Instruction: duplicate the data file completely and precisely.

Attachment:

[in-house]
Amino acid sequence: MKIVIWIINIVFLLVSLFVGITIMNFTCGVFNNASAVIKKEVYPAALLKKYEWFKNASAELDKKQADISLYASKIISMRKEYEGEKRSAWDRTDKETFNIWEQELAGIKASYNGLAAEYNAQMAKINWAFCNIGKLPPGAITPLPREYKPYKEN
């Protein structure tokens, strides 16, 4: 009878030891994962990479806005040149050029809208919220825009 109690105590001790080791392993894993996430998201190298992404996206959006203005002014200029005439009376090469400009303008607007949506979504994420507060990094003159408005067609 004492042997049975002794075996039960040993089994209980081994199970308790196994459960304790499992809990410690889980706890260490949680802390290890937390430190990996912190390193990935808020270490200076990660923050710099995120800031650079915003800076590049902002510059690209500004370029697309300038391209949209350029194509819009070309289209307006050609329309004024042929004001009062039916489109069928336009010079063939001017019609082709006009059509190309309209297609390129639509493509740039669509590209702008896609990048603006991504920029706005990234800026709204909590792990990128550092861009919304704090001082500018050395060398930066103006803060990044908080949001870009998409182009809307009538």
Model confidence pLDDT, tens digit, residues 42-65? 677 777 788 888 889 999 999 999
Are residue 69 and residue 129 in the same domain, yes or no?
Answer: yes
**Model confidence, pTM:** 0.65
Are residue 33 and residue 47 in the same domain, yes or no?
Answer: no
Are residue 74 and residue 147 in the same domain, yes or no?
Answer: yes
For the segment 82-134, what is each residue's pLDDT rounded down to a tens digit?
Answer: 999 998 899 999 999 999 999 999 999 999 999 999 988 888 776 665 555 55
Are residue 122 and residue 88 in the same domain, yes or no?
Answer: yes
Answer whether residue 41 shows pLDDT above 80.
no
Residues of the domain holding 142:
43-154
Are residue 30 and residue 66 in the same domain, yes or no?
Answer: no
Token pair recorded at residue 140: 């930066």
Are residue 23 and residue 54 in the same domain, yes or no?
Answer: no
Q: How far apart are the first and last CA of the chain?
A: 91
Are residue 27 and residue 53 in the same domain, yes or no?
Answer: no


[in-house]
Amino acid sequence: MKIVIWIINIVFLLVSLFVGITIMNFTCGVFNNASAVIKKEVYPAALLKKYEWFKNASAELDKKQADISLYASKIISMRKEYEGEKRSAWDRTDKETFNIWEQELAGIKASYNGLAAEYNAQMAKINWAFCNIGKLPPGAITPLPREYKPYKEN
């Protein structure tokens, strides 16, 4: 009878030891994962990479806005040149050029809208919220825009 109690105590001790080791392993894993996430998201190298992404996206959006203005002014200029005439009376090469400009303008607007949506979504994420507060990094003159408005067609 004492042997049975002794075996039960040993089994209980081994199970308790196994459960304790499992809990410690889980706890260490949680802390290890937390430190990996912190390193990935808020270490200076990660923050710099995120800031650079915003800076590049902002510059690209500004370029697309300038391209949209350029194509819009070309289209307006050609329309004024042929004001009062039916489109069928336009010079063939001017019609082709006009059509190309309209297609390129639509493509740039669509590209702008896609990048603006991504920029706005990234800026709204909590792990990128550092861009919304704090001082500018050395060398930066103006803060990044908080949001870009998409182009809307009538």
Model confidence pLDDT, tens digit, residues 42-65? 677 777 788 888 889 999 999 999
Are residue 69 and residue 129 in the same domain, yes or no?
Answer: yes
**Model confidence, pTM:** 0.65
Are residue 33 and residue 47 in the same domain, yes or no?
Answer: no
Are residue 74 and residue 147 in the same domain, yes or no?
Answer: yes
For the segment 82-134, what is each residue's pLDDT rounded down to a tens digit?
Answer: 999 998 899 999 999 999 999 999 999 999 999 999 988 888 776 665 555 55
Are residue 122 and residue 88 in the same domain, yes or no?
Answer: yes
Answer whether residue 41 shows pLDDT above 80.
no
Residues of the domain holding 142:
43-154
Are residue 30 and residue 66 in the same domain, yes or no?
Answer: no
Token pair recorded at residue 140: 């930066």
Are residue 23 and residue 54 in the same domain, yes or no?
Answer: no
Q: How far apart are the first and last CA of the chain?
A: 91
Are residue 27 and residue 53 in the same domain, yes or no?
Answer: no